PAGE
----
The high tree with larges leaves
In Nyot Ou, the northernmost district of Laos, tea trees grow in the wilds of the tropical forest covering the slopes of the mountains bordering the Chinese province of Yunnan. The wild tea stems from the variety Assamica, one of the two main varieties of tea. In China, this variety is called “the high tree with larges leaves”.
Growing tea has a long history in the Yunnan region: large tea leaves were used as medicine for at least three millenniums and seem to have already been a popular drink around the second century B.C.
Wild tea trees in Nyot Ou can grow as high as fifteen meters. Old pruning marks observed on some of them suggest that they could have be planted hundreds of years ago. In this case, they can be considered as “Ancient tea”, namely a tea tree resulting from a selection of wild tea varieties.
For the smallholder farmers settled today in this part of the country, tea farming represents not only a traditional occupation but also a new commercial activity. Farmers started to pick wild tea leaves for sale rather than own consumption when traders from Yunnan came across the border and showed interest for it.
Before, people just picked tea leaves from the forest to exchange it for salt with the Leu people (living in the plain of Outaï, capital of Nyot Ou). We had no tea garden at all. I remember that I used to exchange a full bag of tea for a chicken.
– Ms. Kuay, Ban Sehopene village
THE YAO VILLAGES
Ban Sehopene and Ban Nammanoy, two Yao villages, are located in the western part of Nyot Ou district. The villages are linked to the district by a feeder road crossing the deep valley surrounded by forest and bush fallows. During the rainy season from June to September, regular rainfalls prevent people from travelling on the clay road, rugged by deep gullies. Leaving the village towards, the winding road climbs up to the mountain ridge, the border between China and Laos.
Yao families cultivate rice at the bottom of the valley as well as on the steep mountain slopes through a slash and burn system, consisting in alternating, in a same plot, a cultivation phase following a multi-years fallow phase; the number of plots required depending of the number of rotation necessary to restore fertility and soil structure. Other livelihood activities include gathering of forest products, hunting and fishing. This diversity of food sources allows farming families to meet food needs in a context where food security is still a challenge due to the vulnerability of upland rice production to climate hazards and pests. Annual harvest can vary regularly by as much as 50 to 70%.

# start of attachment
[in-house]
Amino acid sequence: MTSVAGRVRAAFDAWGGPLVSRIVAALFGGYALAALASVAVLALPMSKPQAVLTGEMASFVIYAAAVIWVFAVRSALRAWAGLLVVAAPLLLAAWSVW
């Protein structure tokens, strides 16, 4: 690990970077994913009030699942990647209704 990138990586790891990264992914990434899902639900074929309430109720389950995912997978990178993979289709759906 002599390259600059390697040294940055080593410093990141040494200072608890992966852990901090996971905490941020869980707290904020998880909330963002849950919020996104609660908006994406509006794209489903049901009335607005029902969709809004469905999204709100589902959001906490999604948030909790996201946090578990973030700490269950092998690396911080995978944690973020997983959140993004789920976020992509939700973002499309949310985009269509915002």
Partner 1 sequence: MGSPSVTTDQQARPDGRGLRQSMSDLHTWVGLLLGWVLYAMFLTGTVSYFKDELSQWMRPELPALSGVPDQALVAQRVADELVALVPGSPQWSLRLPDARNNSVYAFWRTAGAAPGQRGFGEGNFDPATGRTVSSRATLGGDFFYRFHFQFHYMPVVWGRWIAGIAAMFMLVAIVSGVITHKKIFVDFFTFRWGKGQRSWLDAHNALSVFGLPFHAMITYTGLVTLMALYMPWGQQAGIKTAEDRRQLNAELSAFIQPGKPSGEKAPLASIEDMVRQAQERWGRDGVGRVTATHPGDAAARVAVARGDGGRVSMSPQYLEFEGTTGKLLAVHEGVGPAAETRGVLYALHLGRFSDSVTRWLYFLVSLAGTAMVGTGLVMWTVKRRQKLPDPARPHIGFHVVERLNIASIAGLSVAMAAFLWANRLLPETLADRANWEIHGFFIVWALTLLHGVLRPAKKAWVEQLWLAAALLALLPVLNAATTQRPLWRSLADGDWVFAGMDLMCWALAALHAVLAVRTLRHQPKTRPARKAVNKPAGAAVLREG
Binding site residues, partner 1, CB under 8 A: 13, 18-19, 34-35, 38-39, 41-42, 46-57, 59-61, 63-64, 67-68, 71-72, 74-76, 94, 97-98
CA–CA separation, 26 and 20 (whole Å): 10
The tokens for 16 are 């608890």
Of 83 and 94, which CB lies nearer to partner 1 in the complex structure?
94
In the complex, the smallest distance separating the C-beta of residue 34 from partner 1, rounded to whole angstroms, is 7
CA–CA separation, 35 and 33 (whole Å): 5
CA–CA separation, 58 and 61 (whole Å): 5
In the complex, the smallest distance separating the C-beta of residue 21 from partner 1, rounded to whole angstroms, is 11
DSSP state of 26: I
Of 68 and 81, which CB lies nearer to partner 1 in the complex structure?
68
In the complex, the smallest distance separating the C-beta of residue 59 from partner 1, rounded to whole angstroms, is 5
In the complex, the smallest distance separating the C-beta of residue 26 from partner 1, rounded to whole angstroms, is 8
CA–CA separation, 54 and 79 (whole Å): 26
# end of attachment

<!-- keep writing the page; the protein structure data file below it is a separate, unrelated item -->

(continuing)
Growing rice is difficult; it requires good land for planting rice. We could not plant rice in the same land the year after we harvest there; we need to leave that land for several years before replanting again. Before tea production, we still had rice shortage some years when our rice fields were destroyed by insects. Sometimes we were hungry, we had to find more food from the forest. We worked hard to support families and ourselves.
– Ms. Kuay, Ban Sehopene
Tungkualin Noy village is located north of Ban Nammanoy, along the Nam Deng River in the valley of Naluang. The Yao families that compose the village moved down from their former location in the mountain around ten years ago, following the national policy of relocation of upland villages. Objective was notably to halt shifting cultivation, presented as a main factor of deforestation by development institutions and governement. However where density of population stay low, slash and burn system seems to remain sustainable as demonstrated by some academic researchers. In Tungkualin Noy, like many villages resetled in the valleys, farmers are forced to go back to their upland former village for growing rice due to the lack of suitable paddy areas in the valley.